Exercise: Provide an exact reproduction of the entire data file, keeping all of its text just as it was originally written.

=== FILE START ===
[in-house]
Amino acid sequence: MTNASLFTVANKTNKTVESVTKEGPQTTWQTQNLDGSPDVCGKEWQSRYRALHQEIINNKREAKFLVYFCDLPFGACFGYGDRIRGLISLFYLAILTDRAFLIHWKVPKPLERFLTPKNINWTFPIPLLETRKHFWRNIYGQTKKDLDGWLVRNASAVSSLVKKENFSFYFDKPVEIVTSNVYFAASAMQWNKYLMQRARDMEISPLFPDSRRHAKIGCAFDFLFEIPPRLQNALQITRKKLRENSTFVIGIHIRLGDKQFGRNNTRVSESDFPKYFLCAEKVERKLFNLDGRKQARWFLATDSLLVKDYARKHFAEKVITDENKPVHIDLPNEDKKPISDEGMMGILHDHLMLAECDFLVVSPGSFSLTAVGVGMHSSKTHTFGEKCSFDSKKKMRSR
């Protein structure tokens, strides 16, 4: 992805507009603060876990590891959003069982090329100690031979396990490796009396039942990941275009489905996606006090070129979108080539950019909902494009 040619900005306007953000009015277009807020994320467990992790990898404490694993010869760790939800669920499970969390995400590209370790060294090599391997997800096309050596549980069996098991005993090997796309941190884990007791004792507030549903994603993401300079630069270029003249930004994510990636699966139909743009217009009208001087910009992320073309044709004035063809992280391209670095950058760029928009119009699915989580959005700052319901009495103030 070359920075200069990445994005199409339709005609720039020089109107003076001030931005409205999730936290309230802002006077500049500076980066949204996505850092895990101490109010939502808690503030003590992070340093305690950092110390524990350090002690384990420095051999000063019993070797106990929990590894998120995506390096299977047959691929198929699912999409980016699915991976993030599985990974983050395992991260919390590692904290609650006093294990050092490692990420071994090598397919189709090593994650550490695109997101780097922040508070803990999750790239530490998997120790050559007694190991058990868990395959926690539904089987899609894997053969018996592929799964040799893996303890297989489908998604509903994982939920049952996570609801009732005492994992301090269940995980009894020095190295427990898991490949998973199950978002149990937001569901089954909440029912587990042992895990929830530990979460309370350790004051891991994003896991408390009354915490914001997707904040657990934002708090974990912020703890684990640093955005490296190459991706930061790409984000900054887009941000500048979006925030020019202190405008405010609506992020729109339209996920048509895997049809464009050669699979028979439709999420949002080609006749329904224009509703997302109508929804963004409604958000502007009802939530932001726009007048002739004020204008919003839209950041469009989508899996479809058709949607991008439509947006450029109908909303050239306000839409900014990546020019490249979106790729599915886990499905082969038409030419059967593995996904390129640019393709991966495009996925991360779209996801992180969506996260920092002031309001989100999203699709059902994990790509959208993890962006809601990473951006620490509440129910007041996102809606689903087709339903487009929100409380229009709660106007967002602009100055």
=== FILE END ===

[in-house]
Amino acid sequence: MTNASLFTVANKTNKTVESVTKEGPQTTWQTQNLDGSPDVCGKEWQSRYRALHQEIINNKREAKFLVYFCDLPFGACFGYGDRIRGLISLFYLAILTDRAFLIHWKVPKPLERFLTPKNINWTFPIPLLETRKHFWRNIYGQTKKDLDGWLVRNASAVSSLVKKENFSFYFDKPVEIVTSNVYFAASAMQWNKYLMQRARDMEISPLFPDSRRHAKIGCAFDFLFEIPPRLQNALQITRKKLRENSTFVIGIHIRLGDKQFGRNNTRVSESDFPKYFLCAEKVERKLFNLDGRKQARWFLATDSLLVKDYARKHFAEKVITDENKPVHIDLPNEDKKPISDEGMMGILHDHLMLAECDFLVVSPGSFSLTAVGVGMHSSKTHTFGEKCSFDSKKKMRSR
């Protein structure tokens, strides 16, 4: 992805507009603060876990590891959003069982090329100690031979396990490796009396039942990941275009489905996606006090070129979108080539950019909902494009 040619900005306007953000009015277009807020994320467990992790990898404490694993010869760790939800669920499970969390995400590209370790060294090599391997997800096309050596549980069996098991005993090997796309941190884990007791004792507030549903994603993401300079630069270029003249930004994510990636699966139909743009217009009208001087910009992320073309044709004035063809992280391209670095950058760029928009119009699915989580959005700052319901009495103030 070359920075200069990445994005199409339709005609720039020089109107003076001030931005409205999730936290309230802002006077500049500076980066949204996505850092895990101490109010939502808690503030003590992070340093305690950092110390524990350090002690384990420095051999000063019993070797106990929990590894998120995506390096299977047959691929198929699912999409980016699915991976993030599985990974983050395992991260919390590692904290609650006093294990050092490692990420071994090598397919189709090593994650550490695109997101780097922040508070803990999750790239530490998997120790050559007694190991058990868990395959926690539904089987899609894997053969018996592929799964040799893996303890297989489908998604509903994982939920049952996570609801009732005492994992301090269940995980009894020095190295427990898991490949998973199950978002149990937001569901089954909440029912587990042992895990929830530990979460309370350790004051891991994003896991408390009354915490914001997707904040657990934002708090974990912020703890684990640093955005490296190459991706930061790409984000900054887009941000500048979006925030020019202190405008405010609506992020729109339209996920048509895997049809464009050669699979028979439709999420949002080609006749329904224009509703997302109508929804963004409604958000502007009802939530932001726009007048002739004020204008919003839209950041469009989508899996479809058709949607991008439509947006450029109908909303050239306000839409900014990546020019490249979106790729599915886990499905082969038409030419059967593995996904390129640019393709991966495009996925991360779209996801992180969506996260920092002031309001989100999203699709059902994990790509959208993890962006809601990473951006620490509440129910007041996102809606689903087709339903487009929100409380229009709660106007967002602009100055």